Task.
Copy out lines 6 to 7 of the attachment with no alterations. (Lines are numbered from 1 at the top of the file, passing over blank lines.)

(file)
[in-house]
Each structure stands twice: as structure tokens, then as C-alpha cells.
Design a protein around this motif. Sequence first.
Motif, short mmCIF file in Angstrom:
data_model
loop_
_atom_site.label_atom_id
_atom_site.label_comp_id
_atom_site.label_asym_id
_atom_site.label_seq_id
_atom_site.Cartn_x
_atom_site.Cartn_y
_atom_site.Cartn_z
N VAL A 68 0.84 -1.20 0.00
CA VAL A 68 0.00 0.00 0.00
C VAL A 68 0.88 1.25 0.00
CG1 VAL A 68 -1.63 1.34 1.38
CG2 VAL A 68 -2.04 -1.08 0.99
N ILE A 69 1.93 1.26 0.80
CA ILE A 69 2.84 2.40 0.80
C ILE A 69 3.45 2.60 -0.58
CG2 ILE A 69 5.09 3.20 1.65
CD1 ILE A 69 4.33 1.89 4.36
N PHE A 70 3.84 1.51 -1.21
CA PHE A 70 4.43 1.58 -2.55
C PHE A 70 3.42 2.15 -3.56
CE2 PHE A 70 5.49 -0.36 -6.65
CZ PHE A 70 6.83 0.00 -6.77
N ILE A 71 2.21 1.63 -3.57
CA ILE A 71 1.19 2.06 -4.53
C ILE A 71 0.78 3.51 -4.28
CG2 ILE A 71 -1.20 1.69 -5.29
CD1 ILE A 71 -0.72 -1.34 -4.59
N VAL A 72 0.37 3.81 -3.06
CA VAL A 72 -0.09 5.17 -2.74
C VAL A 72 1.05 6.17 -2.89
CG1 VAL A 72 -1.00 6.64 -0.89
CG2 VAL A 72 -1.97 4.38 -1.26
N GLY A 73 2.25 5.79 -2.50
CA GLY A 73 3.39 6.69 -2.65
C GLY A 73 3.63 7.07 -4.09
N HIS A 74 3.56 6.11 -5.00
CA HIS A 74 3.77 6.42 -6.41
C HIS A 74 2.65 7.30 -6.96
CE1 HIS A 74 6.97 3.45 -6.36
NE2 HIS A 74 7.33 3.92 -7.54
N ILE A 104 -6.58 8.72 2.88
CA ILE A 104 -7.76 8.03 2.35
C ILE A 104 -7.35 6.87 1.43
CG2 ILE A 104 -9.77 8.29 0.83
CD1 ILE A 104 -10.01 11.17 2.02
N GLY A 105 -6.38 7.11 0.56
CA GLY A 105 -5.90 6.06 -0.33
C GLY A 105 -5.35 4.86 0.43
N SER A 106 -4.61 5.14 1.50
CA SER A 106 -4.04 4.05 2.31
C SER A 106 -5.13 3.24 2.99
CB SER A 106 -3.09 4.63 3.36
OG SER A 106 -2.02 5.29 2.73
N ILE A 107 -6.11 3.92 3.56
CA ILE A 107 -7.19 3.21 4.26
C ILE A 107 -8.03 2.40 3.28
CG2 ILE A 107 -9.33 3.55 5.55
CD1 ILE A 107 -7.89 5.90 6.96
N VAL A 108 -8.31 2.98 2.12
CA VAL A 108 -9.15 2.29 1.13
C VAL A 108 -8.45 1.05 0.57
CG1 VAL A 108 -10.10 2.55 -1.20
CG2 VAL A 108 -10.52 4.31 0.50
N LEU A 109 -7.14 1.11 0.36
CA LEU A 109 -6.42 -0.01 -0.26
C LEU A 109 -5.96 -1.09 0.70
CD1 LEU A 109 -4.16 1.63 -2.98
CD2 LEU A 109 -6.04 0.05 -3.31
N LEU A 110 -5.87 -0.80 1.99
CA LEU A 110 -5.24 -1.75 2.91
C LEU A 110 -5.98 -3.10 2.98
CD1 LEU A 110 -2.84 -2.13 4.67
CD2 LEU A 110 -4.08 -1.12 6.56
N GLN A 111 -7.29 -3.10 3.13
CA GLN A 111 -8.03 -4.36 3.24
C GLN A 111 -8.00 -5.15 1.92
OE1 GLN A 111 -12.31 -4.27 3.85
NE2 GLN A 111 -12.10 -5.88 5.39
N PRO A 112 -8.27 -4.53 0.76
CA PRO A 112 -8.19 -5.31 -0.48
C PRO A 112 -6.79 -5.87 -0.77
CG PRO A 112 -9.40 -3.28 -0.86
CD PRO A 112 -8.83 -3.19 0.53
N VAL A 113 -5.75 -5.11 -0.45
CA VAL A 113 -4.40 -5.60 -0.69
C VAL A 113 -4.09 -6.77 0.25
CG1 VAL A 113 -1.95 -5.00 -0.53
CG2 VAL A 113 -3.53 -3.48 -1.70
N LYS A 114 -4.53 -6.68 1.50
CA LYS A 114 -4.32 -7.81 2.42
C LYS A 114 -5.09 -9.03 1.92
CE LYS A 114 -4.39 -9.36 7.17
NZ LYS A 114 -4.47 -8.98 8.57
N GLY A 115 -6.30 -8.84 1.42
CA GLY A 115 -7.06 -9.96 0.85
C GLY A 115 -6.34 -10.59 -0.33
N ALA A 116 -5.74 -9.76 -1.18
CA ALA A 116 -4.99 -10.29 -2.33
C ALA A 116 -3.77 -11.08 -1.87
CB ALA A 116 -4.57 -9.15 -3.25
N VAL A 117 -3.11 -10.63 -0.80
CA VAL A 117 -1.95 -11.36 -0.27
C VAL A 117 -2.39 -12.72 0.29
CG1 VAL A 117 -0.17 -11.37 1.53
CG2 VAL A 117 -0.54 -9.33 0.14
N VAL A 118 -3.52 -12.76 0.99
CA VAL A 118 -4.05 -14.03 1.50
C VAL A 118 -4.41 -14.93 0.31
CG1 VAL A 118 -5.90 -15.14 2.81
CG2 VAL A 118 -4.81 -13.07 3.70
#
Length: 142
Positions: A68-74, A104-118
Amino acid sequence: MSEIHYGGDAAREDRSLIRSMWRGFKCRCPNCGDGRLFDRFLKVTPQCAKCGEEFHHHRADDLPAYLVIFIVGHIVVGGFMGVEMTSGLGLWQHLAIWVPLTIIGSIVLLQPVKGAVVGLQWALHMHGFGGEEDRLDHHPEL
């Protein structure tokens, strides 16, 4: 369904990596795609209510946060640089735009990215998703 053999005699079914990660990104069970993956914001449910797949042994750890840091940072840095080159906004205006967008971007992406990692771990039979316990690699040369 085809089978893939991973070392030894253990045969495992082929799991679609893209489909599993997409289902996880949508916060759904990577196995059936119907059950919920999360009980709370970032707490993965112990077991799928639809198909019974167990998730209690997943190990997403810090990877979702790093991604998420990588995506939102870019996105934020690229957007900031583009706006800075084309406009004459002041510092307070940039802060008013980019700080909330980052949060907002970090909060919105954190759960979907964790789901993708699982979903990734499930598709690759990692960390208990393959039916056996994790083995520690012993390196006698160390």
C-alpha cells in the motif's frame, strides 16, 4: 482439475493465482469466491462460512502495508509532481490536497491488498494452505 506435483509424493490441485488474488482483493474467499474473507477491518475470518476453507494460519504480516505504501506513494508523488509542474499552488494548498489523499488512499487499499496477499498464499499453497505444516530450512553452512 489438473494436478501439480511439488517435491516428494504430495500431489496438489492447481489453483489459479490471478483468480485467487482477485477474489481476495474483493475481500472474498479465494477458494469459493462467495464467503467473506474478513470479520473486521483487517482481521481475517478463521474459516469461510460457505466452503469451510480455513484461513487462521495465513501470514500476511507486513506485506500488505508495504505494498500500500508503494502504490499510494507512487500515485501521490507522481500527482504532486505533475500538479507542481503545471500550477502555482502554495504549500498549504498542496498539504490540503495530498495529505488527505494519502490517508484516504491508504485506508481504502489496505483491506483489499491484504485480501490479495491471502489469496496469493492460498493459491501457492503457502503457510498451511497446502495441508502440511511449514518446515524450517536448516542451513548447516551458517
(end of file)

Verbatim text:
loop_
_atom_site.label_atom_id